Post Script

In­ter­view: Adam Orth, cre­ative di­rec­tor, Three One Zero

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“This is the ul­ti­mate en­vi­ron­ment. I knew look­ing down at all of hu­man­ity would touch peo­ple”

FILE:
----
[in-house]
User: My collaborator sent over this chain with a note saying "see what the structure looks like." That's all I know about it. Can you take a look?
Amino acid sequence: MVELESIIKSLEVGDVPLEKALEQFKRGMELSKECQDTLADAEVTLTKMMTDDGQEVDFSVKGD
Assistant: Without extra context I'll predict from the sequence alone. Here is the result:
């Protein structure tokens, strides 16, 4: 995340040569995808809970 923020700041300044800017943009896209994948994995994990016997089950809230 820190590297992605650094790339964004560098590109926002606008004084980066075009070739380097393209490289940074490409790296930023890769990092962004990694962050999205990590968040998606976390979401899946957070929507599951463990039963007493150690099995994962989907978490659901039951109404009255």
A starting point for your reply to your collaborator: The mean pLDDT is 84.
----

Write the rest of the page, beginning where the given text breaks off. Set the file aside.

Three One Zero cre­ative di­rec­tor and game de­signer Adam Orth has a strik­ing CV, hav­ing held po­si­tions at Lu­cas Arts, Elec­tronic Arts, Sony Com­puter En­ter­tain­ment, Pop Cap and, most re­cently, Mi­crosoft. Here, the Adrift cre­ator dis­cusses the process of bring­ing a very per­sonal project to life, and why he doesn’t mind com­par­isons to Grav­ity. Adrift was de­signed for mon­i­tors and VR – was it a chal­lenge to cre­ate both ver­sions si­mul­ta­ne­ously? We’re a team who’ve ba­si­cally made con­sole games our whole ca­reers, so we ap­proached Adrift like we would a con­sole game. There are a lot of an­i­ma­tions in the non-VR ver­sion where you get up close to a door and you open it with your hands, or you go into a re­pair sta­tion and it turns you around. We ex­per­i­mented with how those things work in VR and changed some an­i­ma­tions [to make it more com­fort­able]. How did the SAS Re­lief me­chanic come about? There’s this ef­fect in VR called tun­nelling, which shrinks the screen you’re look­ing at into a small win­dow and then blacks out the rest of it so that your pe­riph­eral vi­sion set­tles in and you’re look­ing at a con­cen­trated ver­sion of the full screen. We tried that, and it just didn’t re­ally have the im­pact that we wanted. But we thought, ‘Let’s just make this part of the fic­tion and have it be a func­tion of your hel­met where an over­lay comes down al­most like a sun vi­sor’. It was in­spired by some of the things in Metal Gear games where they break that wall, y’know? The idea was to ‘pull a Kojima’ there. Was there de­bate re­gard­ing Alex’s move­ment speed? The first 40 min­utes is sup­posed to feel like you’re frag­ile and bro­ken, and right on the edge of every­thing fall­ing apart. So be­ing at a par­tic­u­lar speed, and how that in­creases through­out the game, was in­ten­tional. Did you have any con­cerns about the ten­sion be­tween the game’s con­tem­pla­tive pac­ing and me­chan­i­cal ur­gency? Yeah, we did, but the idea was to play with those things. And we’re see­ing that it was a di­vi­sive move from some of the com­ments and re­views of the game. But I look at it this way: if I found my­self in a de­stroyed space sta­tion and need­ing to get home, I don’t know if that’s a smell-the-roses kind of mo­ment, right? Your oxy­gen ca­pac­ity, and the way that you use it and it de­pletes, is a lot slower than I think peo­ple per­ceive it to be – I think the psy­cho­log­i­cal ef­fect of suf­fo­ca­tion has an ef­fect. I think the ten­sion be­tween those two things is very in­ter­est­ing. We made a re­ally per­sonal art game – it’s not meant to be Call Of Duty. We re­ally wanted to do some­thing fresh and unique, and I feel like we did that. How did you go about de­sign­ing the game struc­ture? We’re a su­per-small team, and we only had X amount of time and Y amount of money to make the game. We wanted to make the best ex­pe­ri­ence pos­si­ble. I didn’t ap­proach it like a game, but al­most like a big level in a game. While you have to do those same four things, we felt like each of those ob­jec­tives ex­ist in four or five very dif­fer­ent en­vi­ron­ments. And that’s how we chose to dif­fer­en­ti­ate the task of build­ing this sys­tem back up so that you can safely get home again. I feel pretty strongly that the ex­pe­ri­ence of get­ting there and do­ing those things is much dif­fer­ent to just do­ing it. Float­ing out of the sta­tion above Earth is cer­tainly a mov­ing ex­pe­ri­ence. Yeah, we wanted to be able to tell a story with­out hav­ing any story. This is the ul­ti­mate en­vi­ron­ment. I knew just be­ing in space and look­ing down at all of hu­man­ity would touch peo­ple. The nar­ra­tive in Adrift is bro­ken, just like the sta­tion, the suit and the main char­ac­ter. It’s sup­posed to be messy and out of or­der and dis­cov­ered in the way you dis­cover it. I ap­proached the nar­ra­tive like seeds: I want you to hear a bit, get a lit­tle chunk and then hope­fully when you’re go­ing across those great di­vides and no one’s talk­ing to you, you start think­ing about what you just heard a cou­ple of min­utes ago. Grav­ity came out just a few months af­ter you founded the stu­dio – how did you feel about that? What hap­pened was, af­ter the Twit­ter in­ci­dent where I made some ill-ad­vised re­marks while work­ing at Mi­crosoft, I just kind of dis­con­nected my­self from the world and started work­ing on this game. Grav­ity had been an­nounced, it was in pro­duc­tion and due out at the end of the year, and I just wasn’t aware of it at all. When I plugged my­self back into the in­ter­net, I very quickly dis­cov­ered Grav­ity while re­search­ing, and so I was like, “OK, I can’t make this game now…” But some de­vel­oper friends of mine who’d read my el­e­va­tor pitch for it con­vinced me to keep go­ing. Then Grav­ity came out and I went to see it. I was re­lieved be­cause our game is very dif­fer­ent to what the film turned out to be. And I re­alised how help­ful it was go­ing to be – peo­ple come to the game with an idea of what the setup is so I don’t have to ex­plain it. Plus, peo­ple are com­par­ing the game to an Os­car-win­ning film, so it’s a com­pli­ment! All in all, it added up to an hour of bad feel­ings over time, and I ac­cepted it early on, so if peo­ple need to bring up Grav­ity as a de­scrip­tor for our game, I’m to­tally fine with that.

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